The EPA Used Excessive Force on Alaska Prospectors

Gold Prospectors Get the Short End of the Stick from EPA

Chicken Alaska gold prospecting camp, Alaska has seen an influx of gold prospectors in recent years.

Last year’s Environmental Protection Agency raid on the gold prospector town of Chicken, Alaska, constituted a clear case of overkill by federal authorities seeking violations of environmental regulations, according to an official review of the controversial incident released Thursday.

The review also concluded that EPA officials have been uncooperative in some cases in releasing information on how the raid was conceived and carried out.

The federal agency caused an uproar in the tiny community and across the state when about 10 armed agents, accompanied by helicopters, raided the mining operations on Aug. 19 in order to investigate whether they were violating the Clean Water Act, or, as Alaska Gov. Sean Parnell, a Republican, described it, “to see if the family-run mining businesses were making the water too muddy.”

But the new report by Alaska special counsel Brent Cole also concluded that federal and state agents did not violate the law when they conducted the surprise criminal raid, even though there was “little factual support of serious ongoing environmental crimes being committed.”

“This criminal investigation unnecessarily placed people in harm’s way,” said Mr. Cole in the 37-page “Report of the Fortymile Mining District Investigation.”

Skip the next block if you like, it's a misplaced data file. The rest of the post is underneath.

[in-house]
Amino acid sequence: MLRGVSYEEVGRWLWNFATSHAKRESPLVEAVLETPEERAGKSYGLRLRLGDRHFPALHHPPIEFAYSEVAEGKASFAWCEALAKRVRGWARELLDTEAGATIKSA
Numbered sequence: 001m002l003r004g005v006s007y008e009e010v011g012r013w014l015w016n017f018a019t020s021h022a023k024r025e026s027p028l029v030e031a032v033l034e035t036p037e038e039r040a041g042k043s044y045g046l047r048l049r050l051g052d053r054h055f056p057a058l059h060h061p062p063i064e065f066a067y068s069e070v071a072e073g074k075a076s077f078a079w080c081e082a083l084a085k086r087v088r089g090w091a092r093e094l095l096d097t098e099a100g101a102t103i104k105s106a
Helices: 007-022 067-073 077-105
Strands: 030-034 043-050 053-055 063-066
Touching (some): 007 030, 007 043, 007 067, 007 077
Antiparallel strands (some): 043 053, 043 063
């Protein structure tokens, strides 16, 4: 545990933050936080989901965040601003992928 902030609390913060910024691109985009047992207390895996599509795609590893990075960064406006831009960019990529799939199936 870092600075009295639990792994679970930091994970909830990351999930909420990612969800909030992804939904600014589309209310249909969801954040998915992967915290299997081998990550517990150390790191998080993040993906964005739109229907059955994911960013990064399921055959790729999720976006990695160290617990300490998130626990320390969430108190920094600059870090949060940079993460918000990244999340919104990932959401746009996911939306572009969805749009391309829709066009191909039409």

“While the method of conducting this environmental criminal investigation may meet proper legal protocol, the novelty of it in the region introduced a potential for confrontation and harm that was unnecessary,” the report said.

Mr. Parnell, who ordered the investigation after a public outcry over the August raid, asked the House Natural Resources Committee in a letter Thursday to help bring to light more information about the raid at the federal end, saying that the investigation “was hindered by a lack of cooperation from the EPA.”

“The notion of armed federal agents showing up unannounced to ‘investigate’ hard-working Alaska mining families disturbs me,” Mr. Parnell said in a statement. “… Further, I am disappointed, but not surprised, that the special counsel was met with resistance in attempting to access documents and witnesses pertinent to his review.”

Mr. Parnell said the inspection was another example of federal overreach on environmental enforcement in Alaska.

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